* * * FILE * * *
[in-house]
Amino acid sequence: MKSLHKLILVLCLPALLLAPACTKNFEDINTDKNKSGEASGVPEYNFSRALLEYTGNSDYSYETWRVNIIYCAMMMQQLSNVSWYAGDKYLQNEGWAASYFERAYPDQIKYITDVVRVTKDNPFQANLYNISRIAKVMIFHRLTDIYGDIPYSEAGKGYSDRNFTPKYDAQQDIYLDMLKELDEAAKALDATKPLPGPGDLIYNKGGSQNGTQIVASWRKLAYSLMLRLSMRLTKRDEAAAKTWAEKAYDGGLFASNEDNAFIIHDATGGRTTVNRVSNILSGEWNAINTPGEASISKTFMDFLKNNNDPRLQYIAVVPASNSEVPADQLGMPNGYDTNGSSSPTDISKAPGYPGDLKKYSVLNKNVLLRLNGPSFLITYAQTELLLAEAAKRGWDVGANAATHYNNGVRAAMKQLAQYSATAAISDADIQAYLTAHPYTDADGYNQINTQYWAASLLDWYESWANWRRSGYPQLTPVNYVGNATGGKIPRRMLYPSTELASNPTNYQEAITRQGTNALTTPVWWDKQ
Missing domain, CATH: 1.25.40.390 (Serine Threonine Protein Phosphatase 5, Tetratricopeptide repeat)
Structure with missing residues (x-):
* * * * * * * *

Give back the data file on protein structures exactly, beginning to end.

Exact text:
[in-house]
Amino acid sequence: MKSLHKLILVLCLPALLLAPACTKNFEDINTDKNKSGEASGVPEYNFSRALLEYTGNSDYSYETWRVNIIYCAMMMQQLSNVSWYAGDKYLQNEGWAASYFERAYPDQIKYITDVVRVTKDNPFQANLYNISRIAKVMIFHRLTDIYGDIPYSEAGKGYSDRNFTPKYDAQQDIYLDMLKELDEAAKALDATKPLPGPGDLIYNKGGSQNGTQIVASWRKLAYSLMLRLSMRLTKRDEAAAKTWAEKAYDGGLFASNEDNAFIIHDATGGRTTVNRVSNILSGEWNAINTPGEASISKTFMDFLKNNNDPRLQYIAVVPASNSEVPADQLGMPNGYDTNGSSSPTDISKAPGYPGDLKKYSVLNKNVLLRLNGPSFLITYAQTELLLAEAAKRGWDVGANAATHYNNGVRAAMKQLAQYSATAAISDADIQAYLTAHPYTDADGYNQINTQYWAASLLDWYESWANWRRSGYPQLTPVNYVGNATGGKIPRRMLYPSTELASNPTNYQEAITRQGTNALTTPVWWDKQ
Missing domain, CATH: 1.25.40.390 (Serine Threonine Protein Phosphatase 5, Tetratricopeptide repeat)
Structure with missing residues (x-):